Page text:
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on the black hill family and identity

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Every single person is unique, each a separate identity. Naturally, who we are and how we live our lives is shaped by various forces as we develop and progress through our lives. One of the most fundamental of these shaping forces is clearly our family; be it biological or social, family plays a major role in setting the foundations for one's identity. Bruce Chatwin clearly displays his belief of this notion in his novel On the Black Hill, a family saga which explores such connection between family and identity. The story of On the Black Hill is the story of its principal characters and their families as they move through several generations, allowing the reader to observe the effect of family dynamics on the characters' developments. The principal family is On the Black Hill is palpably the Joneses, and Chatwin describes them in great detail. The twins, Lewis and Benjamin Jones, are the main characters of the story and are obvious examples of characters shaped by family dynamics. Lewis "was the stronger twin, and the firstborn". His role had already been determined when he emerged into the world as the first son; he is the strong masculine twin, the protector of Benjamin. ...read more.


Lewis is identified by his love of aviation and longing for adventure, but he is tied down by family obligations. He is aware that his life would be different if not for the inescapable bond binding him to Benjamin, stating "Sometimes, I lie awake and wonder what'd happen if him weren't there...Then I'd have had my own life, like? Had kids?" Ironically, it is his family that sets him 'free' in the end and satisfies his desire for an heir and an adventure. This comes in the form of Kevin Redpath, the twins' long lost nephew, who comes back to inherit the farm and also give Lewis an opportunity to do what he had always desired, to fly an aeroplane. These "ten magnificent minutes" completes the missing part of Lewis' identity, and "all the frustrations of his cramped and frugal life now counted for nothing". No other family is described in such detail as the Joneses, but their neighbours, the Watkinses from 'The Rock' also shows how a family-style group affects the identities of the individuals in the family. The Watkins family is a rather complicated family, for Tom and Aggie Watkins can not have kids of their own and hence resort to adoption. ...read more.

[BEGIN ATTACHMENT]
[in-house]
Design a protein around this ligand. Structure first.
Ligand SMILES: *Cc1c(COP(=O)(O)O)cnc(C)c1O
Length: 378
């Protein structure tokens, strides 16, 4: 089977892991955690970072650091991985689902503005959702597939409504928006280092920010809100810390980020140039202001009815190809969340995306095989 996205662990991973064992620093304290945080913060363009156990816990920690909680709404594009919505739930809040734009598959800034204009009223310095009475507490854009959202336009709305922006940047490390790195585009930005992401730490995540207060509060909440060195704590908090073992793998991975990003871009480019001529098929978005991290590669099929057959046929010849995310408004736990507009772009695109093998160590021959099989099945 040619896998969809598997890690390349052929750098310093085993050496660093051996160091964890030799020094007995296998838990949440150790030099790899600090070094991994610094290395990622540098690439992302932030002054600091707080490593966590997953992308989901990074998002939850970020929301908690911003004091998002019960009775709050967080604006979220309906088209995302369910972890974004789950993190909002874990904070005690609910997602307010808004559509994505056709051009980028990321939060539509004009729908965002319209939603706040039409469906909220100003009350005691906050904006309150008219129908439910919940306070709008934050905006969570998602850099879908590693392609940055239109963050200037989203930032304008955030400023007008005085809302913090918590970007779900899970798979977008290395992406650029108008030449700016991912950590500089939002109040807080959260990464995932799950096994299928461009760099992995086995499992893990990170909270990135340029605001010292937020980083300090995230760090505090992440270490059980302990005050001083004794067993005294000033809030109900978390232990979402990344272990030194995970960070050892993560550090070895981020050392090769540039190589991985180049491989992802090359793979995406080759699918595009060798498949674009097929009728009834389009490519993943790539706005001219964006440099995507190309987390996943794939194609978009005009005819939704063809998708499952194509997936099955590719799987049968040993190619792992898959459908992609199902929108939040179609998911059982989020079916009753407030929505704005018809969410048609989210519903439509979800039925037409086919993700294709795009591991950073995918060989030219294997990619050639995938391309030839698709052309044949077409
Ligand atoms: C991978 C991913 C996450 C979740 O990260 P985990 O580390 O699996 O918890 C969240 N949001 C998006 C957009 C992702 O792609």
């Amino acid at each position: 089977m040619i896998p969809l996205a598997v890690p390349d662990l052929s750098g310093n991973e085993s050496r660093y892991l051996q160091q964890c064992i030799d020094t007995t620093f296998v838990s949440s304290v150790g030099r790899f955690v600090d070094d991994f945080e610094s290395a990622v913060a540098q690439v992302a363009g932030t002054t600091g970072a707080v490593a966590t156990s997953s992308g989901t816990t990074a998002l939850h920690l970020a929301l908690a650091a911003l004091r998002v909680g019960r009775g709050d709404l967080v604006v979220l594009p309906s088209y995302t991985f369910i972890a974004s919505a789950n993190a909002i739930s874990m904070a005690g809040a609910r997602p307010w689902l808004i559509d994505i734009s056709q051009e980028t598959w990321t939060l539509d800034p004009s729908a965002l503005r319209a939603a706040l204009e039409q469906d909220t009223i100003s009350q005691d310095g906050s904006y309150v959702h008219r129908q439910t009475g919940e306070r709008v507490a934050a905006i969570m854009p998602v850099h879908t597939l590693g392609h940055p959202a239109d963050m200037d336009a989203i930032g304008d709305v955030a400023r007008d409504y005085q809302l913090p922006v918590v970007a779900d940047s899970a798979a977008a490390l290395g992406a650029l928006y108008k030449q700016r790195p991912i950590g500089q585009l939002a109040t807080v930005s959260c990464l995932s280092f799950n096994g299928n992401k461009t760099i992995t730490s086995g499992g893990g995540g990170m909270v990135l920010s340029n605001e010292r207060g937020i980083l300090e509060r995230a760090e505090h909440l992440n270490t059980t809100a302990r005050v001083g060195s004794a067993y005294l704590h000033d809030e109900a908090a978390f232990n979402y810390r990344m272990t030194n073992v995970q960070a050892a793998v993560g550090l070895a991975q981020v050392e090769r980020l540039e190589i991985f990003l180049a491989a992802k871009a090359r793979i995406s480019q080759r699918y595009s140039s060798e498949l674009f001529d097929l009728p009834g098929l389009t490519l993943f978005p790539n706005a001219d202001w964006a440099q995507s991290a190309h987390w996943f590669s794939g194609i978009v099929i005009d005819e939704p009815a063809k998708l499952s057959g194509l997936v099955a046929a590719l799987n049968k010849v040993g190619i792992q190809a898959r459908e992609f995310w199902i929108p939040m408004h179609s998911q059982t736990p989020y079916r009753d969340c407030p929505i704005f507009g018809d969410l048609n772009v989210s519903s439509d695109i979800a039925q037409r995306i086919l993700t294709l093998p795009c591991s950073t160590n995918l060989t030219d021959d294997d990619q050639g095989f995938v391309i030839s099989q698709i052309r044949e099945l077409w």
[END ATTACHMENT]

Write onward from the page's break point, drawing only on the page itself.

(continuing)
On the other hand, his sister Nancy Bickerton shows traits of Mrs. Bickertons; like the way her mother seeks companionship in Mary, Nancy is bored by the gentry and finds great pleasure in the twins' visits. Even the way she offers tea to the twin reflects her mother's; "China or Indian?" Nancy is hence another example of an identity shaped by her parent and upbringing. Thus the identity-shaping forces of family are quite evident in the families of On the Black Hill. These are clearly portrayed through the characters of the Joneses twins Lewis and Benjamin, whose identities and lives are clearly shaped by their order of birth, their roles in the farm and the house, the traits they inherit from their parents, their upbringing, as well as their bond to each other. Their way of living even after the death of Amos and Mary reveal how the impact of these family dynamics can last forever, also portrayed through the way Meg or Nancy each inherit their parents' traits and behaviours. On the other hand, these impacts can also have an opposite effect, as shown by Lizzie and Sarah in the way they try to fight against the Watkinses' family pattern of poverty-stricken lives by leaving The Rock. Through On the Black Hill, Chatwin patently demonstrates the relationship between one's identity and family, reinforcing the notion that our families make us who we are today. ...read more.

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